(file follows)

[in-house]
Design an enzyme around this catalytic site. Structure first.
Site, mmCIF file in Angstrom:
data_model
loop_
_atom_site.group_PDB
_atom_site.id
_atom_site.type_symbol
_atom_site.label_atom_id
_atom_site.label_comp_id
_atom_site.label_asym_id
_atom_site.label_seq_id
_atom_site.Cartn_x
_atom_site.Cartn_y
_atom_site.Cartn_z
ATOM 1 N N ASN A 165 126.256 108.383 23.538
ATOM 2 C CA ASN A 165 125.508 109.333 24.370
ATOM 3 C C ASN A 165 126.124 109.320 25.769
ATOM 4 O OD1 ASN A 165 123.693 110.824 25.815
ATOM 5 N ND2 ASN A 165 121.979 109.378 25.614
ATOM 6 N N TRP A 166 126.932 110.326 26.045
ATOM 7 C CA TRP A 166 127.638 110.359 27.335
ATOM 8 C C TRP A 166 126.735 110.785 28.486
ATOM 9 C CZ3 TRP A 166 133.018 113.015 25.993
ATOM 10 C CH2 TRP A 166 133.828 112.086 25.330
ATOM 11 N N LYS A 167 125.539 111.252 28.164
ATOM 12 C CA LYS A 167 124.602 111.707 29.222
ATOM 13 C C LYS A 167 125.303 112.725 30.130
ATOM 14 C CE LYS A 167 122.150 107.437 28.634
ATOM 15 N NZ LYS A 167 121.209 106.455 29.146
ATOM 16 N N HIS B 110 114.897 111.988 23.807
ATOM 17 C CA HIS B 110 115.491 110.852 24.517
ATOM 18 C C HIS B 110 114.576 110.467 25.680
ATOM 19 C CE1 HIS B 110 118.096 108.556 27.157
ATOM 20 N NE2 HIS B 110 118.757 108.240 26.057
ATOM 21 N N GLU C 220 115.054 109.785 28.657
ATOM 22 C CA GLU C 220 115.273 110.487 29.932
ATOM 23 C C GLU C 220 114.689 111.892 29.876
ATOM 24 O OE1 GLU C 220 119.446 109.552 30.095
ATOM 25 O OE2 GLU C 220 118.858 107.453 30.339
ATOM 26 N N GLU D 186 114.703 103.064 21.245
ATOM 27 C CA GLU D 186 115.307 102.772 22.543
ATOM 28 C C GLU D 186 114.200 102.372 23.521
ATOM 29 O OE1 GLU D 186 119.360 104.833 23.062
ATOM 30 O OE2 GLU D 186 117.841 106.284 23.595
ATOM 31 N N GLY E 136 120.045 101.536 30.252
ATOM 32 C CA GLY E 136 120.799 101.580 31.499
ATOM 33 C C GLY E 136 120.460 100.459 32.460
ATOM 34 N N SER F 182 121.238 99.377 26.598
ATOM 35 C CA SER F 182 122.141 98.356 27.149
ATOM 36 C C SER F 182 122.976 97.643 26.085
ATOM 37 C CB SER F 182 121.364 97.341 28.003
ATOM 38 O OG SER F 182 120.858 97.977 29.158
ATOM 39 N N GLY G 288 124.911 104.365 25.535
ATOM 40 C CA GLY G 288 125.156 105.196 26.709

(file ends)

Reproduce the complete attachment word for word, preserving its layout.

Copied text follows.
[in-house]
Design an enzyme around this catalytic site. Structure first.
Site, mmCIF file in Angstrom:
data_model
loop_
_atom_site.group_PDB
_atom_site.id
_atom_site.type_symbol
_atom_site.label_atom_id
_atom_site.label_comp_id
_atom_site.label_asym_id
_atom_site.label_seq_id
_atom_site.Cartn_x
_atom_site.Cartn_y
_atom_site.Cartn_z
ATOM 1 N N ASN A 165 126.256 108.383 23.538
ATOM 2 C CA ASN A 165 125.508 109.333 24.370
ATOM 3 C C ASN A 165 126.124 109.320 25.769
ATOM 4 O OD1 ASN A 165 123.693 110.824 25.815
ATOM 5 N ND2 ASN A 165 121.979 109.378 25.614
ATOM 6 N N TRP A 166 126.932 110.326 26.045
ATOM 7 C CA TRP A 166 127.638 110.359 27.335
ATOM 8 C C TRP A 166 126.735 110.785 28.486
ATOM 9 C CZ3 TRP A 166 133.018 113.015 25.993
ATOM 10 C CH2 TRP A 166 133.828 112.086 25.330
ATOM 11 N N LYS A 167 125.539 111.252 28.164
ATOM 12 C CA LYS A 167 124.602 111.707 29.222
ATOM 13 C C LYS A 167 125.303 112.725 30.130
ATOM 14 C CE LYS A 167 122.150 107.437 28.634
ATOM 15 N NZ LYS A 167 121.209 106.455 29.146
ATOM 16 N N HIS B 110 114.897 111.988 23.807
ATOM 17 C CA HIS B 110 115.491 110.852 24.517
ATOM 18 C C HIS B 110 114.576 110.467 25.680
ATOM 19 C CE1 HIS B 110 118.096 108.556 27.157
ATOM 20 N NE2 HIS B 110 118.757 108.240 26.057
ATOM 21 N N GLU C 220 115.054 109.785 28.657
ATOM 22 C CA GLU C 220 115.273 110.487 29.932
ATOM 23 C C GLU C 220 114.689 111.892 29.876
ATOM 24 O OE1 GLU C 220 119.446 109.552 30.095
ATOM 25 O OE2 GLU C 220 118.858 107.453 30.339
ATOM 26 N N GLU D 186 114.703 103.064 21.245
ATOM 27 C CA GLU D 186 115.307 102.772 22.543
ATOM 28 C C GLU D 186 114.200 102.372 23.521
ATOM 29 O OE1 GLU D 186 119.360 104.833 23.062
ATOM 30 O OE2 GLU D 186 117.841 106.284 23.595
ATOM 31 N N GLY E 136 120.045 101.536 30.252
ATOM 32 C CA GLY E 136 120.799 101.580 31.499
ATOM 33 C C GLY E 136 120.460 100.459 32.460
ATOM 34 N N SER F 182 121.238 99.377 26.598
ATOM 35 C CA SER F 182 122.141 98.356 27.149
ATOM 36 C C SER F 182 122.976 97.643 26.085
ATOM 37 C CB SER F 182 121.364 97.341 28.003
ATOM 38 O OG SER F 182 120.858 97.977 29.158
ATOM 39 N N GLY G 288 124.911 104.365 25.535
ATOM 40 C CA GLY G 288 125.156 105.196 26.709